Last month, Berklee College of Music and MIDEM — in association with the Berkman Center for Internet & Society and Harvard Business School — put on a conference called Rethink Music. The conference addressed issues relating to “Creativity, Commerce, and Policy in the 21st Century,” and it brought together a wide range of stakeholders to “engage in critical dialogue examining the business and rights challenges facing the music industry in the digital era” and “formulate ideas for the creation and distribution of new music and other creative works.”
The Cyberlaw Clinic played an active role in the event. Spring 2011 Clinic student Adam Gottesfeld worked with Berkman Center Research Assistant Joey Seiler and Cyberlaw Clinic Assistant Director Christopher Bavitz to assemble the Berkman Center’s “Rethinking Music” briefing book, which conference attendees received. Gottesfeld, Seiler, and Bavitz prepared the Center’s framing paper, which introduced the book and teed up a number of important issues addressed during the conference. Clinic student Cristina Fernandez worked with WGBH‘s Deputy General Counsel, Jay Fialkov, on another piece included in the book, “Music Rights Clearances and Public Media.”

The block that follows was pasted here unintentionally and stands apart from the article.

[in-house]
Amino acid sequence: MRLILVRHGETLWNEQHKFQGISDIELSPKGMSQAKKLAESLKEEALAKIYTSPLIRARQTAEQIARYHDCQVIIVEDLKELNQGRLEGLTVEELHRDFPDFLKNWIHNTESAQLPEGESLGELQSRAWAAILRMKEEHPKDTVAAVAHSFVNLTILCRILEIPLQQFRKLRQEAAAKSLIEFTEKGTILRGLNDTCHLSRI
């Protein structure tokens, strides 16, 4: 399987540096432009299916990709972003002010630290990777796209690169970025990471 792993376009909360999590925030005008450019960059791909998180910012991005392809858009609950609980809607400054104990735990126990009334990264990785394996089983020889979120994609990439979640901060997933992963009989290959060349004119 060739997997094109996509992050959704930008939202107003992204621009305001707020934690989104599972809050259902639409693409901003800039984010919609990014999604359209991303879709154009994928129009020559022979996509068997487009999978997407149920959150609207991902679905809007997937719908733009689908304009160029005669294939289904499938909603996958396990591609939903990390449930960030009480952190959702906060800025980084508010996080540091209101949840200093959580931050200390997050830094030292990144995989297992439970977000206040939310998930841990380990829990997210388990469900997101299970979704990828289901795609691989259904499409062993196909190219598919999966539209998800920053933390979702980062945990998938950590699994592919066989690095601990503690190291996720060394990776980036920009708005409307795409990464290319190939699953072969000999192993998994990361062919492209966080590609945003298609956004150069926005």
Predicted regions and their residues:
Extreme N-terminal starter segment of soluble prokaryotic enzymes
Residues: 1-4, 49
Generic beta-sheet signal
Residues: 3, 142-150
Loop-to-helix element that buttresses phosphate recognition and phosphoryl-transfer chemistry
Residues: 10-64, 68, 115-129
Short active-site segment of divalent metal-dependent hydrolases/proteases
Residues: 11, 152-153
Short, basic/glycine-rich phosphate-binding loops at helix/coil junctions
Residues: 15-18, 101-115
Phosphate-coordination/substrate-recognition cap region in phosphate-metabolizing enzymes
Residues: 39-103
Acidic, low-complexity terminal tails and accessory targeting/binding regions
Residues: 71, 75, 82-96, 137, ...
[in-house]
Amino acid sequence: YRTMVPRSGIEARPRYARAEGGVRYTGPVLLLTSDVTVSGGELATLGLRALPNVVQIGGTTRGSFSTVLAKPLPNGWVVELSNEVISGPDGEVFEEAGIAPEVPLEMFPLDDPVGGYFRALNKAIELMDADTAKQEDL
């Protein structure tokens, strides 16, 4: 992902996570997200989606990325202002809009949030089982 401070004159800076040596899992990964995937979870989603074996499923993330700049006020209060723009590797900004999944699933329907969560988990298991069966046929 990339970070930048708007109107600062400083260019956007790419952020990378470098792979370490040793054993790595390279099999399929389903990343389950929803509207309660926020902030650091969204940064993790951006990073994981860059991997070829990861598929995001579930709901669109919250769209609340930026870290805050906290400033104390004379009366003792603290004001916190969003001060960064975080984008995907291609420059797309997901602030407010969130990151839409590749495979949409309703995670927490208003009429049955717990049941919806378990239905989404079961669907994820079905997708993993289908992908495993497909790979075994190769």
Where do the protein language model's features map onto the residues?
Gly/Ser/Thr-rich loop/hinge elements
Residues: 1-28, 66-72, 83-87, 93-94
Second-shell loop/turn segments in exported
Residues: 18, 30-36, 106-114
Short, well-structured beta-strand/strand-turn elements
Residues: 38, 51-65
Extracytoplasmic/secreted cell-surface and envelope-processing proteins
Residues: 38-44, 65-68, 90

Working with the Berkman Center’s Program Coordinator, Amar Ashar, Bavitz helped to manage Berkman’s overall role in the event. The Berkman team oversaw an academic call for papers that resulted in the selection of an article by Mary LaFrance of UNLV’s William S. Boyd School of Law. LaFrance’s article, which concerns public performance rights in sound recordings, will be published in the Harvard Journal of Sports & Entertainment Law. Bavitz also joined Berklee’s Allen Bargfrede in an interview with WBUR about the event and the state of the music industry.
Harvard Law School’s website published an overview of the conference, and the Berkman Center offered its own roundup of coverage. Livestream has several videos of panel discussions and presentations at the conference.